About the work
This brightly coloured painting by Stephen Selwyn explores the potential of the geometrical form of the triangle. Two pyramids emerge from this pattern-like composition, set against a desert sunrise that evokes Egypt. The use of brick patterning on the two triangular surfaces adds a dimension of depth alongside the figurative sun. Pyramids is based on a triangle-based mural that Selwyn did in St Charles Hospital in Ladbroke Grove when he was an artist in residence there from 1983 to 1987. In an artist statement shortly before his death, Selwyn commented:
Many of my friends left abstraction for exciting new fields, but I stayed with it, partly under the influence of Bridget Riley, who was exploring a new and less dogmatic language of abstraction. One thing I did was to abandon flatness, in favour of a return to perspective.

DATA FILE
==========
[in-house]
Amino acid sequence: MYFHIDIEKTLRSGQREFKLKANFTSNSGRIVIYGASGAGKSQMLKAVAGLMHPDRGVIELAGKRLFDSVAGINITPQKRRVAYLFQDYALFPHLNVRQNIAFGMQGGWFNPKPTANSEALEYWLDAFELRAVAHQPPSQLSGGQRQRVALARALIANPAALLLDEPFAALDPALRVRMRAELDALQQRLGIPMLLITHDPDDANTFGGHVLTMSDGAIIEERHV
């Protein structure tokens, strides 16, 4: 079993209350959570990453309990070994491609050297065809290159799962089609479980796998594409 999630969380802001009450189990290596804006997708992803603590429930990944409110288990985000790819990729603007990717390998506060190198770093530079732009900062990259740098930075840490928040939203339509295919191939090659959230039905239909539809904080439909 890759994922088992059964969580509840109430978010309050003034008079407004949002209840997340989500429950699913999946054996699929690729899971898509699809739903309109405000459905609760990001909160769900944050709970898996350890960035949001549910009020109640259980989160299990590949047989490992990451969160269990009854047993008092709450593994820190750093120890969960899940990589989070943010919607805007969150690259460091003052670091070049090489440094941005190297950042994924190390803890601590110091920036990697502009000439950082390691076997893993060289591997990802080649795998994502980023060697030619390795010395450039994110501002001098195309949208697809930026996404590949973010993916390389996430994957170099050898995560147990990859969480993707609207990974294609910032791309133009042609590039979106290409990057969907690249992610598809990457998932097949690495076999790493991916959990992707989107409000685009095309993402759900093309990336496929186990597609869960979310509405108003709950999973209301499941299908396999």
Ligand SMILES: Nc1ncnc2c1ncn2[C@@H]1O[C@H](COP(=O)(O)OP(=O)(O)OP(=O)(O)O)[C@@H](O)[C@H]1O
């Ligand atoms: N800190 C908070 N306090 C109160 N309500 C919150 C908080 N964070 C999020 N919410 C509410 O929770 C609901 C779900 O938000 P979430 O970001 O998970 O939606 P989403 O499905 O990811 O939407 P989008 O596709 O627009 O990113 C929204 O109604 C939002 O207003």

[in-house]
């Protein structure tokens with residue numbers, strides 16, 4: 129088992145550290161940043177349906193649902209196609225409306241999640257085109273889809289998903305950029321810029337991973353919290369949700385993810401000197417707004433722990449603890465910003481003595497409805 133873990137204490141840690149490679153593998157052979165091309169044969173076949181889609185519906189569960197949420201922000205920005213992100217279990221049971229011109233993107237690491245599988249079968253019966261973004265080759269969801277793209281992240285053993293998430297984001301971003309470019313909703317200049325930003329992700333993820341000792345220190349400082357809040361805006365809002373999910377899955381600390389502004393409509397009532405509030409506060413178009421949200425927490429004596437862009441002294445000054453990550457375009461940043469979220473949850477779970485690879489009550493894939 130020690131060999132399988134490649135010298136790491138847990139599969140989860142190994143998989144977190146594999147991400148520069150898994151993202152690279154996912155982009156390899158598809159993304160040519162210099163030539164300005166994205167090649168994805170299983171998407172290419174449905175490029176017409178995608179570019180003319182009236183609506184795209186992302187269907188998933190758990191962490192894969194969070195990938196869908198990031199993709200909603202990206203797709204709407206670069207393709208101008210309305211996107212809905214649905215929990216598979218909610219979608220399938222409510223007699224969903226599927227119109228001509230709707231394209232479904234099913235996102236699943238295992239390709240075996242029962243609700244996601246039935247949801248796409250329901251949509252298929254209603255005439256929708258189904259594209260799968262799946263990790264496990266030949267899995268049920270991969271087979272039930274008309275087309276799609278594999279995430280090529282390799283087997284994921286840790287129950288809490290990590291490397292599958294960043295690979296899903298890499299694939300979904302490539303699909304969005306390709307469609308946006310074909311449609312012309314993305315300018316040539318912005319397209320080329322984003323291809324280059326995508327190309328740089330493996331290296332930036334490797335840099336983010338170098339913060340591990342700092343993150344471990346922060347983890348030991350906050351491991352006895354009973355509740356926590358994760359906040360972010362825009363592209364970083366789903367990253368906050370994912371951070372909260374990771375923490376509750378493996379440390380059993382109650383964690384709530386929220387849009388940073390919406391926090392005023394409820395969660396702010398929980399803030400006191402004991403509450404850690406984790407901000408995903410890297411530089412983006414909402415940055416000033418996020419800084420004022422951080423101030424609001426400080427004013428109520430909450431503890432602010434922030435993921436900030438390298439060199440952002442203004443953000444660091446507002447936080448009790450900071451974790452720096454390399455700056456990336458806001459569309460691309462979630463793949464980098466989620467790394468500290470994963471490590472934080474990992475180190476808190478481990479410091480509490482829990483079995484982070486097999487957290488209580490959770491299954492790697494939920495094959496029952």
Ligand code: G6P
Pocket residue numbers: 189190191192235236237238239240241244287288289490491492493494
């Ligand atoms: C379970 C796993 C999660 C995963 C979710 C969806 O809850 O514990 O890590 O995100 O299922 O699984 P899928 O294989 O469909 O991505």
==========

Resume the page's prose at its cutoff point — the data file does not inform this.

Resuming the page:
About the artist
In the 1970s, Stephen Selwyn worked as an assistant to Bridget Riley, one of Britain’s most famous abstract artists. Riley had a strong influence on him. Selwyn then studied at the Chelsea School of Art, London (1980–82) and taught colour theory in various London colleges. He moved to New York in 1986. Later in life, he worked as a furniture maker and an exhibition designer for the Canadian High Commission in London, and for numerous galleries including the Metropolitan Museum in New York.
Stephen Selwyn (1953 - )
- Acrylic on paper
- height: 47.00 cm, width: 77.00 cm
- Purchased from the artist, August 1985
- bl: Pyramids br: Stephen Selwyn / 85.
- GAC number